Last week Strikeforce world middleweight champion Frank Shamrock accused his adoptive brother, Ken Shamrock, of being a longtime user of steroids. Today, Ken issued a statement to MMAjunkie.com (www.mmajunkie.com) to counter the claims, saying they are "absolutely false."
Ken also countered Frank's claims that the MMA industry has largely turned a blind eye to the issue of steroids and other performance-enhancing drugs, specifically pointing to new year-round testing procedures put in place by the Nevada State Athletic Commission.
The following statement was issued by Ken, a UFC hall-of-famer and 15-year veteran of MMA:
"During a recent interview with MMA Madness, Frank Shamrock stated that I have used steroids "my whole life." In making such a reckless and irresponsible statement, Frank has attacked my character. As such, I unfortunately find it necessary to respond to his allegations. I'm not sure what his motives were, but Frank's allegations are absolutely false.
During the interview, Frank also comments on the percentage of fighters that are allegedly using steroids, promoters that supposedly don't care about their fighters unless they win, and the industry's drug testing policies, or lack thereof. I would like to set the record straight.
Our sport has policies in place to deter steroid use and to weed out the guys that, as my brother says, "...are taking shortcuts to gain fame." I have been subjected to mandatory steroid testing countless times, and I have never tested positive for steroids, nor have I ever refused a test. Furthermore, my experience has always been that the promoters and fighters willingly comply with the drug testing mandated by the various athletic commissions.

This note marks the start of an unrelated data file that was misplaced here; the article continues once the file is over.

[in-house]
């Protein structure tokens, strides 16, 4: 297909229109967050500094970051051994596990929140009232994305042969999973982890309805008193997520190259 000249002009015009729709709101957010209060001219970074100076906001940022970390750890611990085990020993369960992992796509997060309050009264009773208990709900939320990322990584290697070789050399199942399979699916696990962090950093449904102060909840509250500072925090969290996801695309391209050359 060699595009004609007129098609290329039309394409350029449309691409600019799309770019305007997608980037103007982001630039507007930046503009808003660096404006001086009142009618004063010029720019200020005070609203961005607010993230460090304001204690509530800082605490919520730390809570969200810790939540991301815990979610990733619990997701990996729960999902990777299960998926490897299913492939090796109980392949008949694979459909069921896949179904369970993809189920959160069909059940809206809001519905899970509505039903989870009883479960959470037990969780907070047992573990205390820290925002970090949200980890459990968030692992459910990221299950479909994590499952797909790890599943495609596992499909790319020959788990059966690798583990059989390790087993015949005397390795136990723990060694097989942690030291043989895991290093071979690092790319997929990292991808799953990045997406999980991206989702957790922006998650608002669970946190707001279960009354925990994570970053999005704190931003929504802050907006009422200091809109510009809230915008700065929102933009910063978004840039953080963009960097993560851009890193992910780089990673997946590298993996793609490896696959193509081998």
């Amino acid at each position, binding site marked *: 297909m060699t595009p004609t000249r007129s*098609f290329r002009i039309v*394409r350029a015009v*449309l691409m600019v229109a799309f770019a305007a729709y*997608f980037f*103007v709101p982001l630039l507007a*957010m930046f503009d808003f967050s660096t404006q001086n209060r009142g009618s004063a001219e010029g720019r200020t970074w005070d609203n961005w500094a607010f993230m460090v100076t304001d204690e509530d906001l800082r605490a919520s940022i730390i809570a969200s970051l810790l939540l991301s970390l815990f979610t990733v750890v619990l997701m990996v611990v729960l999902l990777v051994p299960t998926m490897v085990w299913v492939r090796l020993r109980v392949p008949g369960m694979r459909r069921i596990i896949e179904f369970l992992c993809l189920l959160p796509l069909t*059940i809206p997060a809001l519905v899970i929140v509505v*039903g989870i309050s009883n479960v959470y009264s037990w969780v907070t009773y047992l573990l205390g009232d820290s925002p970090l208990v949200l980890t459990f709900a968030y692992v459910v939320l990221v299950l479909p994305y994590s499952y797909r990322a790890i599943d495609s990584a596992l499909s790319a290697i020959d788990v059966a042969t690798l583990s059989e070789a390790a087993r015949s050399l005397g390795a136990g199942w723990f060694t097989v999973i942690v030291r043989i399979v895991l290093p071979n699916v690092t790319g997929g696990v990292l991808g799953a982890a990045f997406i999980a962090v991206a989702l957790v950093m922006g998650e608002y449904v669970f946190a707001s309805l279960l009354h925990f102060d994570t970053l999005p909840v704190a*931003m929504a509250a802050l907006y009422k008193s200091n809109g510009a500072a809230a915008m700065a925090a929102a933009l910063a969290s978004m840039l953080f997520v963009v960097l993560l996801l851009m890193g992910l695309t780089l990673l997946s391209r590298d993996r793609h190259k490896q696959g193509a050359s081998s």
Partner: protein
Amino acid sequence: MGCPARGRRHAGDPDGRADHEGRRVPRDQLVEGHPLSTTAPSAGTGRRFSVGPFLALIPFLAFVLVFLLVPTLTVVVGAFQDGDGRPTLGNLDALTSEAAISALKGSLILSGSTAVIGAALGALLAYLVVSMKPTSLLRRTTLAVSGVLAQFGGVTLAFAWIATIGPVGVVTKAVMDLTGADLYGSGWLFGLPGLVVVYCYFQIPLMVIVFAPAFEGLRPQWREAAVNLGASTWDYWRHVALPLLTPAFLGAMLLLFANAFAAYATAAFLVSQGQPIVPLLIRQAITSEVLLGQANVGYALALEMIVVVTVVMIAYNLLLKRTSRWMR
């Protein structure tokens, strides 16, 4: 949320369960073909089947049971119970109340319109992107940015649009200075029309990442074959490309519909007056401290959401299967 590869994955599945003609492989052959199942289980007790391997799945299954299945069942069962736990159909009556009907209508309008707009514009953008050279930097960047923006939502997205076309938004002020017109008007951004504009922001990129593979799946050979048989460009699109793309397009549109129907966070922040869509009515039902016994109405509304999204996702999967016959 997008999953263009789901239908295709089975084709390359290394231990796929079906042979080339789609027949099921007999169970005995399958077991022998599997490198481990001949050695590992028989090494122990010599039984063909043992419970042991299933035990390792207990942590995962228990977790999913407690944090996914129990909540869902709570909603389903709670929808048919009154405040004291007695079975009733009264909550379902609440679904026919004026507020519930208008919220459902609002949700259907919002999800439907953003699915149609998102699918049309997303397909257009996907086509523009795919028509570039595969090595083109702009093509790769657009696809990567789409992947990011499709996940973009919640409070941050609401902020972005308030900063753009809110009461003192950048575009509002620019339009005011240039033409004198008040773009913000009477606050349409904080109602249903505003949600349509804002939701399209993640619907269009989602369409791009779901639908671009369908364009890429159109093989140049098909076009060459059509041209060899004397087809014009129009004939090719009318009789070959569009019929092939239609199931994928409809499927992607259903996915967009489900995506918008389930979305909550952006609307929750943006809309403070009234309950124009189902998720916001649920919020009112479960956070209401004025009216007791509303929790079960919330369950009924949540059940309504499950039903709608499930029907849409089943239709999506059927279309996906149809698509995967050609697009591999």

The Nevada State Athletic Commission (NSAC) has always administered steroid and drug testing for licensed fighters. Recently, in an effort to further strengthen steroid testing policies, the NSAC implemented short-notice drug testing for MMA fighters. Fighters are now required to test at fixed times during the year, and are also randomly tested. Commissions in other states have similar policies in place. These policies clearly work as fighters occasionally do test positive and the penalties are significant.
For Frank to state that a majority of fighters use steroids and that the promoters do not care, or that they somehow condone the use of steroids, is unbelievably irresponsible. It tarnishes the image of every fighter and promoter in this industry. The comments Frank made about me and about the industry itself are based purely on his personal opinion, not on facts.
Frank should acknowledge that his comments were without merit and irresponsible, and apologize for the disparaging remarks he has made towards the fighters, promoters, and to the various athletic commissions who regulate MMA."